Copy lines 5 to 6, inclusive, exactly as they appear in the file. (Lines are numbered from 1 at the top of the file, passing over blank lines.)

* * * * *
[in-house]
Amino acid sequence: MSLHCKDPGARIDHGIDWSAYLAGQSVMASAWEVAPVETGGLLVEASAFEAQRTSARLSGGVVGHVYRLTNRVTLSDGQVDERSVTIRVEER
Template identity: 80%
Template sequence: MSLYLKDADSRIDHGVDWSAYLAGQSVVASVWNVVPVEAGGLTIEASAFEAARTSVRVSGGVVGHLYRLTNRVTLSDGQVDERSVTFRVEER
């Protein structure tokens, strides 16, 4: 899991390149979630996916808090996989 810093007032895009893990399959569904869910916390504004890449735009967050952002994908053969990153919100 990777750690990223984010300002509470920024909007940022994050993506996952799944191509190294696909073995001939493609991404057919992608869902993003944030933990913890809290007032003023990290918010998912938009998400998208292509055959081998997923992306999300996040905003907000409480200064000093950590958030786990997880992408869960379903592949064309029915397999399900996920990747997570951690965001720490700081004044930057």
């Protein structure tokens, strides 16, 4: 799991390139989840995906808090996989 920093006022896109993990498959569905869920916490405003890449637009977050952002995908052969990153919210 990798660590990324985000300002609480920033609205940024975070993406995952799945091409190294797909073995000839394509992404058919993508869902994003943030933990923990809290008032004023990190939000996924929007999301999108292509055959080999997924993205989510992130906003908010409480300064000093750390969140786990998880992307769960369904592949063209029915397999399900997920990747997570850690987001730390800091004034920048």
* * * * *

């Protein structure tokens, strides 16, 4: 899991390149979630996916808090996989 810093007032895009893990399959569904869910916390504004890449735009967050952002994908053969990153919100 990777750690990223984010300002509470920024909007940022994050993506996952799944191509190294696909073995001939493609991404057919992608869902993003944030933990913890809290007032003023990290918010998912938009998400998208292509055959081998997923992306999300996040905003907000409480200064000093950590958030786990997880992408869960379903592949064309029915397999399900996920990747997570951690965001720490700081004044930057």
């Protein structure tokens, strides 16, 4: 799991390139989840995906808090996989 920093006022896109993990498959569905869920916490405003890449637009977050952002995908052969990153919210 990798660590990324985000300002609480920033609205940024975070993406995952799945091409190294797909073995000839394509992404058919993508869902994003943030933990923990809290008032004023990190939000996924929007999301999108292509055959080999997924993205989510992130906003908010409480300064000093750390969140786990998880992307769960369904592949063209029915397999399900997920990747997570850690987001730390800091004034920048």